Federal Recognition

Federal recognition is important to Indian tribes for several reasons. First, when tribes are extended federal recognition, they can establish tribal governments that possess a measure of sovereignty. Non-recognized tribes can form tribal organizations but lack sovereign powers.

Second, federally recognized tribes can have their reservation lands placed in trust. This means that their land is protected by the federal government from being purchased or taken by non-Indians. If a tribe is not federally recognized, it can own land as a corporate entity, but the federal government will not put these lands into trust for the tribe. Thus, federally recognized tribes also have what is a called a trust relationship with the government. This means that the federal authorities will protect their sovereign status, their lands and tribal property, and their rights as members of domestic dependent nations.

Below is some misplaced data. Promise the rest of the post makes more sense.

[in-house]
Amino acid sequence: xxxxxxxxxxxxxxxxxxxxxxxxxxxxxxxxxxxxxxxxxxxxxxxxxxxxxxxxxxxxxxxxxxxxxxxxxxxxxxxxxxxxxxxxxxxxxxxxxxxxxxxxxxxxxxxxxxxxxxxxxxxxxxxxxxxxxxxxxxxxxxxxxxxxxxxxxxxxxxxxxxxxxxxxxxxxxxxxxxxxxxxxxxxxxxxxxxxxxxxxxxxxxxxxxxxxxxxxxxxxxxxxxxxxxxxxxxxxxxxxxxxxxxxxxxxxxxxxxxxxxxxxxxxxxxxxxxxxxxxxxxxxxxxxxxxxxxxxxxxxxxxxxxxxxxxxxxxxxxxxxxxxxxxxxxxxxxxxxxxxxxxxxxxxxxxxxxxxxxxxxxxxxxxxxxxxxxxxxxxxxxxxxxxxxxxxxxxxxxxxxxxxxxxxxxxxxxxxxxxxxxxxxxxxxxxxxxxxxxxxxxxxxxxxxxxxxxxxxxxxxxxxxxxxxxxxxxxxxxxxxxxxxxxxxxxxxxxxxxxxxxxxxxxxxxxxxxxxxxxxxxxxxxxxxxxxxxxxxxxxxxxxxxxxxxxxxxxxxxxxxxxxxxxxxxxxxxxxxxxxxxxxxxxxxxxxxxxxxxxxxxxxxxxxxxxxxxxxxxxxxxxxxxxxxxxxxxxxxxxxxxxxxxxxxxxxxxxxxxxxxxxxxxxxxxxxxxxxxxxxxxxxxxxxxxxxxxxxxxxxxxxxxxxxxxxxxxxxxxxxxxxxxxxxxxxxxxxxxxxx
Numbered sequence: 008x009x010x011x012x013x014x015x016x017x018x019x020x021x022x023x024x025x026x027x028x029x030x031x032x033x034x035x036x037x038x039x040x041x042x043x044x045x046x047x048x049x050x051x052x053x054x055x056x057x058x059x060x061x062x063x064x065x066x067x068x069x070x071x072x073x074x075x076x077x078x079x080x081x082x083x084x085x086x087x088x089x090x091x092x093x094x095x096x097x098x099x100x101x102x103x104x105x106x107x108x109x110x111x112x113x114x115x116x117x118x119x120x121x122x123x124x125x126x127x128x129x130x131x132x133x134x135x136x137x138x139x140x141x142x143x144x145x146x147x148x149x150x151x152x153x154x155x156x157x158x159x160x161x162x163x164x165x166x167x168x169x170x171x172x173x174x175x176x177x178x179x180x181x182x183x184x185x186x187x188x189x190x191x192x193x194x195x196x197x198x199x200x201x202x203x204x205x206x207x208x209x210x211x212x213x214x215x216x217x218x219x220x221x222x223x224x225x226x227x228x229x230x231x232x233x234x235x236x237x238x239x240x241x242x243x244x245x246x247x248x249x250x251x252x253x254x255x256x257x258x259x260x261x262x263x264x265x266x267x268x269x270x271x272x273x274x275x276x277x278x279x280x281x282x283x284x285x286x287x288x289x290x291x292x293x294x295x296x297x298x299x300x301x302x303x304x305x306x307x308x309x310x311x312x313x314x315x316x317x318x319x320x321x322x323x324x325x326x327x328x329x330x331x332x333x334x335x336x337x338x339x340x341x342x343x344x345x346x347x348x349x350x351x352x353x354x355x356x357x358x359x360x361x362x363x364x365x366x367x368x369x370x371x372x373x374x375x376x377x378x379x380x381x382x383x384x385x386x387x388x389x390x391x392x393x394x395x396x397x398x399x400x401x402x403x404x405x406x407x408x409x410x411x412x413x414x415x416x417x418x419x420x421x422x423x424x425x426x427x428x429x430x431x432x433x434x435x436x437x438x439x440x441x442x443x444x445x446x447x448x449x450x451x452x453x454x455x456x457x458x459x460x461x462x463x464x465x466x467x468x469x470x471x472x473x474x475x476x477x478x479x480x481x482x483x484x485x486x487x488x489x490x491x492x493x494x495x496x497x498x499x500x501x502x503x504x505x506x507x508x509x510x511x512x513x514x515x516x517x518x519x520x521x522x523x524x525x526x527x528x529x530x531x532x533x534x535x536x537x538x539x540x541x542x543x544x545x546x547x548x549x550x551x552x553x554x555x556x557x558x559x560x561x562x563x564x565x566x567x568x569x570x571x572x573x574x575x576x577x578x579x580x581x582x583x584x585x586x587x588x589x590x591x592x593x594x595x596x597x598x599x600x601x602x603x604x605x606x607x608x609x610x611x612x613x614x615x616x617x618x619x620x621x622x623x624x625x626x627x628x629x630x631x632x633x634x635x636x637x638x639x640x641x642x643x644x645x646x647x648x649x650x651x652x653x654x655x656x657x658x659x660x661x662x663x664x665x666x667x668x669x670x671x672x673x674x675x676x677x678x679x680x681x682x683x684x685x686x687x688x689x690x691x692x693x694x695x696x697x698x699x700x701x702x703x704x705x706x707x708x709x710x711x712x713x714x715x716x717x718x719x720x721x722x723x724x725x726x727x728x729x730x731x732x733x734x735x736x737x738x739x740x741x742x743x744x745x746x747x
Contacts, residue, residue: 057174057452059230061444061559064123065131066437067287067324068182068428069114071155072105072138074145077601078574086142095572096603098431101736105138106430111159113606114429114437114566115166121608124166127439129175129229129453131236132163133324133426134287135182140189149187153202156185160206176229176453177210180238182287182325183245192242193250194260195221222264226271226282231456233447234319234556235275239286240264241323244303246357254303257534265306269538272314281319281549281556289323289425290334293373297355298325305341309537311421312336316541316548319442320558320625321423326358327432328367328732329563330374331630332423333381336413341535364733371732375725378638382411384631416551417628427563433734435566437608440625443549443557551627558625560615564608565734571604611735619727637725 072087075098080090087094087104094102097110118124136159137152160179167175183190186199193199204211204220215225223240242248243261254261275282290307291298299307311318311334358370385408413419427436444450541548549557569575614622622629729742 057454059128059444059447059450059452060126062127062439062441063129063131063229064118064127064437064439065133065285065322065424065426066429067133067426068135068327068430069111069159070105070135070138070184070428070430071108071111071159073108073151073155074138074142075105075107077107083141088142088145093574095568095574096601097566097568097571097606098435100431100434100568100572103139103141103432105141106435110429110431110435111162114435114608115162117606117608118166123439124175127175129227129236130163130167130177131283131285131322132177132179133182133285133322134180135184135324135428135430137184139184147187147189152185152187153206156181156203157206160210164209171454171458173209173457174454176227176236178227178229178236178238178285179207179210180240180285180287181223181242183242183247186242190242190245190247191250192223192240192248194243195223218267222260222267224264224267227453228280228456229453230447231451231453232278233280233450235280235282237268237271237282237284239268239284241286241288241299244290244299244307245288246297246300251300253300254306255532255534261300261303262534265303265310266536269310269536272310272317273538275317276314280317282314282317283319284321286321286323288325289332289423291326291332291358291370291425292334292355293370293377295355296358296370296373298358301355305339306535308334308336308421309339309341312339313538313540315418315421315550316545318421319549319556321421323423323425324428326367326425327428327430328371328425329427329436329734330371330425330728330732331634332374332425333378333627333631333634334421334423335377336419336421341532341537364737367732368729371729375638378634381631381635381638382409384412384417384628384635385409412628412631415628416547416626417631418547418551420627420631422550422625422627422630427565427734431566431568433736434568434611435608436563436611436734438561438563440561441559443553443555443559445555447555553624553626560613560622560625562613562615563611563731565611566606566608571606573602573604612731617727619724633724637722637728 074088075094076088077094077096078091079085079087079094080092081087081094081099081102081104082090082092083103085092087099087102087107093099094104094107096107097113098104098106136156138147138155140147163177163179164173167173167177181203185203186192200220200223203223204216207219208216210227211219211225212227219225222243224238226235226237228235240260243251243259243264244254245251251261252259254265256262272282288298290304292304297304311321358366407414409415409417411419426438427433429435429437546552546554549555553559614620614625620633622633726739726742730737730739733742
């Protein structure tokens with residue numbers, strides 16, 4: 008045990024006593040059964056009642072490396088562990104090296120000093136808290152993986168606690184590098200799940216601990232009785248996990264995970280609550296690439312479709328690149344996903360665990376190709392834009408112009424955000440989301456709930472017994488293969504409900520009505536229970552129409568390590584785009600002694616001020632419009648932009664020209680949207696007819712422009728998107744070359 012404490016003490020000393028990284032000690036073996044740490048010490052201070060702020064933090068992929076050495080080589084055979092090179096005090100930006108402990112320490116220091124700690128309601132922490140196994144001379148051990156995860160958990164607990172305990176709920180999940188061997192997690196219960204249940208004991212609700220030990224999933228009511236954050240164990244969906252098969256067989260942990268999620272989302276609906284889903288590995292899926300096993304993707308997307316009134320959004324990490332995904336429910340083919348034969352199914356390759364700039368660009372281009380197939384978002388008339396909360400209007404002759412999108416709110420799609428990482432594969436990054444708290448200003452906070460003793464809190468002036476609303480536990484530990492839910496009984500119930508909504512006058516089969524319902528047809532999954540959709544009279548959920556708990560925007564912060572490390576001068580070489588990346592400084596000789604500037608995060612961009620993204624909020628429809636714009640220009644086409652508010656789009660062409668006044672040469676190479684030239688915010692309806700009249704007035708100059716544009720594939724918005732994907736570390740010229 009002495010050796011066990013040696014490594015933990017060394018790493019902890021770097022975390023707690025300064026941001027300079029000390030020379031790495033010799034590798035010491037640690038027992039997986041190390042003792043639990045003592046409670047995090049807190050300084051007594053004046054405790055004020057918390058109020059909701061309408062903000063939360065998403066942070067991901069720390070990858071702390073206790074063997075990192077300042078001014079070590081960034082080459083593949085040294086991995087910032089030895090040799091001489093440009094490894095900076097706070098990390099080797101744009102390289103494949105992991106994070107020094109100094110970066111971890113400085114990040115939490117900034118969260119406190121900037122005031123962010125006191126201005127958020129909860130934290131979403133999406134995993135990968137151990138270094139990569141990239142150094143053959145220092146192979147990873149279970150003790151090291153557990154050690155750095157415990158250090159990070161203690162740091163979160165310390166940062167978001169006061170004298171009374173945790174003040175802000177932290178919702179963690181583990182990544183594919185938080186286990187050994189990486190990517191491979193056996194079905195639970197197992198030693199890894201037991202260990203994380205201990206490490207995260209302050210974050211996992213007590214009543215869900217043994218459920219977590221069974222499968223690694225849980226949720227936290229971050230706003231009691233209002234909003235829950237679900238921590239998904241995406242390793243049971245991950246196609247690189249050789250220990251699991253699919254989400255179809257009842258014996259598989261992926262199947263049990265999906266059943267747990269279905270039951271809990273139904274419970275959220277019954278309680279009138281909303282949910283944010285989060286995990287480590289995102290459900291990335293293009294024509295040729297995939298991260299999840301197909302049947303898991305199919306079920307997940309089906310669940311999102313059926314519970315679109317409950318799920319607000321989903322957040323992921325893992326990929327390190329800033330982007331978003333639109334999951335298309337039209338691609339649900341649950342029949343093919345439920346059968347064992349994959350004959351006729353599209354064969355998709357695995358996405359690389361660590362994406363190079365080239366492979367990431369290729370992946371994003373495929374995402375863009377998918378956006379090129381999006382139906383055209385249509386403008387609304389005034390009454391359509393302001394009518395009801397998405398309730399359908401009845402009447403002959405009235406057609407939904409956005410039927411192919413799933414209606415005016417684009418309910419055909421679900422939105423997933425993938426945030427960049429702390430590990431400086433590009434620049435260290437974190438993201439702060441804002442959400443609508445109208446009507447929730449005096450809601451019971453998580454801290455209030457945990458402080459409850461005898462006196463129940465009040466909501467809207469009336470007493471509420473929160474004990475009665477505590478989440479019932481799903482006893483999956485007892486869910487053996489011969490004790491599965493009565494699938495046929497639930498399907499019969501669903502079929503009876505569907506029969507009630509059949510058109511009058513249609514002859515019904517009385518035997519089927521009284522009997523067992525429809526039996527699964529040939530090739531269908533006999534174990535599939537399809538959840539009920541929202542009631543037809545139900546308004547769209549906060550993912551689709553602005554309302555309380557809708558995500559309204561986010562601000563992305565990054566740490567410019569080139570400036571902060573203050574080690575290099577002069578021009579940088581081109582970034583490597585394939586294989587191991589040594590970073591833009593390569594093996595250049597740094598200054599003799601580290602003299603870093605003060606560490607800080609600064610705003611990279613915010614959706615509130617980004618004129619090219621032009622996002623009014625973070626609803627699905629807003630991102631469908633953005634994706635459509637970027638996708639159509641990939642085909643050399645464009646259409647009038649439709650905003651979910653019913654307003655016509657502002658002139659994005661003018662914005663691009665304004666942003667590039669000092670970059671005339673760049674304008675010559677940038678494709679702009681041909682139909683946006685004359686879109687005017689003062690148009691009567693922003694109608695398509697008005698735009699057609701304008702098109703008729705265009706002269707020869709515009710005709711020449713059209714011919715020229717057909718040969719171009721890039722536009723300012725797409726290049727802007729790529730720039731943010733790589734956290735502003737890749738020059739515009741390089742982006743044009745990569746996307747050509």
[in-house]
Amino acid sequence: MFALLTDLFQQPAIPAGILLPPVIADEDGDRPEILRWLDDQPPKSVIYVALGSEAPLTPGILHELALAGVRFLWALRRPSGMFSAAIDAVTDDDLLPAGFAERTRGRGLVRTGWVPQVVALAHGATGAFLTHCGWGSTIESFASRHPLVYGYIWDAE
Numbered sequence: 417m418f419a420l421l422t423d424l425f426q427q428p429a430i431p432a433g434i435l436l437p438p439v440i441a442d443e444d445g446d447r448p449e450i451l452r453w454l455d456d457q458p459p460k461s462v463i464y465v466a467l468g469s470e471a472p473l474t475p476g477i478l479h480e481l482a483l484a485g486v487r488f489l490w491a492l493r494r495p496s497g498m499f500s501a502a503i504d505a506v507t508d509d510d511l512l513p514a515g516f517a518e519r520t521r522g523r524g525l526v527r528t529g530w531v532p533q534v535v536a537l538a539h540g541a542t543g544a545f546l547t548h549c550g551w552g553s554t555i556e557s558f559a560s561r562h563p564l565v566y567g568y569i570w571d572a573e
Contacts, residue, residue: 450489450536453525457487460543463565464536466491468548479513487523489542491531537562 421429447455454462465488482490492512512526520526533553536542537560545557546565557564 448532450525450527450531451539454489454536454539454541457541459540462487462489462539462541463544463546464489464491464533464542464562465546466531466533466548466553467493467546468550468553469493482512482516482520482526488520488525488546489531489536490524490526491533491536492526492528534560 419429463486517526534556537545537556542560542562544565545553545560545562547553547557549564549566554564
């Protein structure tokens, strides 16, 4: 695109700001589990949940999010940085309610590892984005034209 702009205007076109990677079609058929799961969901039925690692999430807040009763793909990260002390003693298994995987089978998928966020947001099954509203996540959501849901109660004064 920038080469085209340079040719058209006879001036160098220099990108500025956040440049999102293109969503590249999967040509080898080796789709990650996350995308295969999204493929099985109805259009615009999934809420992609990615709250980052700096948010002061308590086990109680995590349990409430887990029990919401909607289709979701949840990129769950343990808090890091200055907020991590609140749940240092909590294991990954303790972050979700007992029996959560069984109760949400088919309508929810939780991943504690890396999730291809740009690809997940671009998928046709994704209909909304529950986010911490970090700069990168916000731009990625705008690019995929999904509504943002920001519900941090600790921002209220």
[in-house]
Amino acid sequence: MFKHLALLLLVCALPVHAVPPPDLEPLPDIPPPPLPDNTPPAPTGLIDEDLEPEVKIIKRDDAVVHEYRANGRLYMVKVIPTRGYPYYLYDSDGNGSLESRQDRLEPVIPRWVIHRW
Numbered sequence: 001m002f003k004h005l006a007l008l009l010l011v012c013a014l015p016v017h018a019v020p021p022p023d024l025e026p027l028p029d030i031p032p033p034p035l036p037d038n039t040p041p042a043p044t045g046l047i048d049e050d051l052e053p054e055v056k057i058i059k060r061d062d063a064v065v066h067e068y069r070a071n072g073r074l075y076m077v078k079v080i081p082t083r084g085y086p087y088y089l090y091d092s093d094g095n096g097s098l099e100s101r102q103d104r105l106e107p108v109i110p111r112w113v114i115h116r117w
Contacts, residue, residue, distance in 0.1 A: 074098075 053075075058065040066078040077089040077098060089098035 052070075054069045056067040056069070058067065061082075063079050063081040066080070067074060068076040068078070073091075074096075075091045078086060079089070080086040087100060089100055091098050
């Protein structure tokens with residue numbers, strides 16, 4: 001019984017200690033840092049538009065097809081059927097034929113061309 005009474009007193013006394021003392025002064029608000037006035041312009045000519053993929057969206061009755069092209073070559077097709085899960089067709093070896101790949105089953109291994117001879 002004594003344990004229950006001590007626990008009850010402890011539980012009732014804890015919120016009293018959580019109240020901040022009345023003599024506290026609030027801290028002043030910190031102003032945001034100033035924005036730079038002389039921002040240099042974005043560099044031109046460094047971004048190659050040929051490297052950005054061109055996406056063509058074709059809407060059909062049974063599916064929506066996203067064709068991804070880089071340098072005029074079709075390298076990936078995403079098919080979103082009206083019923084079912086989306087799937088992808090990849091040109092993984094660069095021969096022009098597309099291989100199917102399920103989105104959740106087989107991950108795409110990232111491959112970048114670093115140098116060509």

Tribes that are not federally recognized do not enjoy sovereign powers or a trust relationship with the government, but may still possess tribal structures and maintain tribal traditions. The Brothertown Indians of Wisconsin may not be a federally recognized tribe, but this has not prevented us from maintaining a sense of tribal identity. We maintain a tribal council and tribal membership roll and are attempting to regain federal recognition.

Since 1978, Native tribes have been required to go through a lengthy and expensive "recognition" process with the Bureau of Indian Affairs. There are over 220 non-recognized tribes today and since the BIA has begun the process of federal recognition, only 16 of the more than 40 reviewed have been recognized.

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